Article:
While some elements of the representation were handled decently, I ultimately wasn’t a fan.
Although Kurt’s character seems to largely exist to serve the central romance, I was pleasantly surprised by how many pitfalls Perkins avoided in a wonderfully understated manner. Various assumptions and tropes were casually turned over with a single line here or there.
It’s a rare occurrence when an author can update an already published book, and even more rare when that update includes a huge overhaul of the portrayal of an autistic character. Alyssa Hillary takes a look at both the original and updated version in this review.
The Categorical Universe of Candice Phee is a fun, well-written book, if an imperfect autism read.
Tommy Smythe disappears one Friday night, and even after weeks of searching he can’t be found. This is the story of a rural community’s search for Tommy, and the complicated social networks created by wrongdoings and secrets in a small town.
The book ultimately provides a single-faceted understanding of autism and many of the painful interactions with Willem’s teacher and peers would likely hit too close to home for autistic students.
Like in real life, autism spectrum disorder alone is never the whole story, and Baskin does a good job balancing Jason’s autism with his writing life, family, school, and budding friendship. She’s succeeded in creating an authentic autistic character who is anything but stereotypical.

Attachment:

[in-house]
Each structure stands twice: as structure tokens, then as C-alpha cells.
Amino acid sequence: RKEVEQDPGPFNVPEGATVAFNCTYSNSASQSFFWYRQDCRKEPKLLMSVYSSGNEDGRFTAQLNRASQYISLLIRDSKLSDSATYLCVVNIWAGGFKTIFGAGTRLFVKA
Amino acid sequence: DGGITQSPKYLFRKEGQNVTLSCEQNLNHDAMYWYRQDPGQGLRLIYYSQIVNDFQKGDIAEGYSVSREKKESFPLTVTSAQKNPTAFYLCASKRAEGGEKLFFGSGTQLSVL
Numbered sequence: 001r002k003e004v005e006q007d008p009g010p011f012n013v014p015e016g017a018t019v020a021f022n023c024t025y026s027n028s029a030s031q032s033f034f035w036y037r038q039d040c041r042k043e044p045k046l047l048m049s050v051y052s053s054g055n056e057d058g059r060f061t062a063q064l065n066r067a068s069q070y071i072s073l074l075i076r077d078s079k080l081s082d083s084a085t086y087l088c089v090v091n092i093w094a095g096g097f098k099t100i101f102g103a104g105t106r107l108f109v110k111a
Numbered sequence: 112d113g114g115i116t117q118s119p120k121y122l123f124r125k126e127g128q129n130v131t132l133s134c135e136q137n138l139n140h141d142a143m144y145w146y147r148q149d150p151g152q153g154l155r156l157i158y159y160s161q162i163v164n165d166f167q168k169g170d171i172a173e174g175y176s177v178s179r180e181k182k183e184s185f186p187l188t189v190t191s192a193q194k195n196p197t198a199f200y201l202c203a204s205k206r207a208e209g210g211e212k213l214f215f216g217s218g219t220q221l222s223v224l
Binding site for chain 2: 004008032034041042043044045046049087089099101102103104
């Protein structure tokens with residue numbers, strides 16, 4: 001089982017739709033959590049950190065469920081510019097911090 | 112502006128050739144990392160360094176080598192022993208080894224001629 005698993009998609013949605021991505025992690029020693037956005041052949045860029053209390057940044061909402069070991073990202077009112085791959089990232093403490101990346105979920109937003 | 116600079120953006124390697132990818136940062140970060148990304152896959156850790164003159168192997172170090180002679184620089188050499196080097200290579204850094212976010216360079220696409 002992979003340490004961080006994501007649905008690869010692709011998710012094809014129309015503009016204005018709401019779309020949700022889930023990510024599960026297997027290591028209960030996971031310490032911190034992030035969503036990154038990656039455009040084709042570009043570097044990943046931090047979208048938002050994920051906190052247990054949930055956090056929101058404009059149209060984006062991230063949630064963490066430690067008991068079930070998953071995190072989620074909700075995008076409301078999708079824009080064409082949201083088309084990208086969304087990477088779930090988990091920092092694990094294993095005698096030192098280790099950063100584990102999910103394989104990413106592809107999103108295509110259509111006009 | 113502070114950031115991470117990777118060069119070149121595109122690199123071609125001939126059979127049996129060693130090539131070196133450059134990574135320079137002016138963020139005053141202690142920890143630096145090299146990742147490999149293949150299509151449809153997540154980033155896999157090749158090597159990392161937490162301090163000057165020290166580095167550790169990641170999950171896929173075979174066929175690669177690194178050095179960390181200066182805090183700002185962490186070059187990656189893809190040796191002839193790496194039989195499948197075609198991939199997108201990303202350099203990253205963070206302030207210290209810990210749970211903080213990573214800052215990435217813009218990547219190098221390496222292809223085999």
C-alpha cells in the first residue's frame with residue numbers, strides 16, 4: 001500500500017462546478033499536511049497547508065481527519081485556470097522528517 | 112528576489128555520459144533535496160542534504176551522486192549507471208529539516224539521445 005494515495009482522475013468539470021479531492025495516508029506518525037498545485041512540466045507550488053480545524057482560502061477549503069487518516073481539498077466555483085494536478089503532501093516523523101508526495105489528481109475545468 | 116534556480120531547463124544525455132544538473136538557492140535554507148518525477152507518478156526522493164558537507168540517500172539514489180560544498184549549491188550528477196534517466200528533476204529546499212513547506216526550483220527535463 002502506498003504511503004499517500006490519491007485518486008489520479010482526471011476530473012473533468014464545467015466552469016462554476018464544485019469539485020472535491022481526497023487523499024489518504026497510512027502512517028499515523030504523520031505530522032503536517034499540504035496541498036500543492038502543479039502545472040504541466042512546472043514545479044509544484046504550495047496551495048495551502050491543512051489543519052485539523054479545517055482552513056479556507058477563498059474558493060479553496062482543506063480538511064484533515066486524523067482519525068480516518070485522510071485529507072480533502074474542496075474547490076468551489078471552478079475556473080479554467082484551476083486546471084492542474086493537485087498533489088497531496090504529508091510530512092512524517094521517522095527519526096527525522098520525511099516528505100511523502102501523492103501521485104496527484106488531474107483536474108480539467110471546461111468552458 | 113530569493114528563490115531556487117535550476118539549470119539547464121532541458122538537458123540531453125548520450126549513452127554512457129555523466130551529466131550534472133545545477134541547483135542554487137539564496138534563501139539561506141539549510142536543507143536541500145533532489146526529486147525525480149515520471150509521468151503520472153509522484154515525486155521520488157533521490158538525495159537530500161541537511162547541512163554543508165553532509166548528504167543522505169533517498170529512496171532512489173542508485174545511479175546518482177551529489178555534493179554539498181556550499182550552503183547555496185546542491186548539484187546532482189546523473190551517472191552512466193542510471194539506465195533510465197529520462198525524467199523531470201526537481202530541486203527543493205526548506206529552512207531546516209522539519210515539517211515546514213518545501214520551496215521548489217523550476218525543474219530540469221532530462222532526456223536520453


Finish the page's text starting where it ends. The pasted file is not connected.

For all that there are moments when Rose’s voice is nuanced and shines, those nuances continuously pushed aside for a far more stereotypical narrative. This is not the story of an autistic character written for an inclusive audience; this is a story about an autistic character written for a neurotypical audience.
This book was awarded the National Book Award for Young People’s Literature, but as well intentioned as it might have been, it was clearly written by someone with almost no understanding of what Aspies are really like—it was written by and for a neurotypical audience.
What I love most about Kiara—and the novel itself—is that she is unflinchingly genuine. Sooner or later, most Aspie characters written by neurotypicals eventually become caricatures. Having an Autistic character written by an actual Aspie makes all the difference.
I truly wanted to love this book—especially as it features one of the very few textually autistic characters written by an autistic author. In the end, though, I was left with mixed-to-negative feelings and a lot of disappointment.
This book portrays its autistic protagonist in ways that will give readers negative, incorrect, and in some cases abusive ideas about autistic people.
Overall, I was very pleased with Al Capone Does My Shirts and how it depicts autism. Moose and Natalie are complex and endearing characters who remain with you long after the book is closed.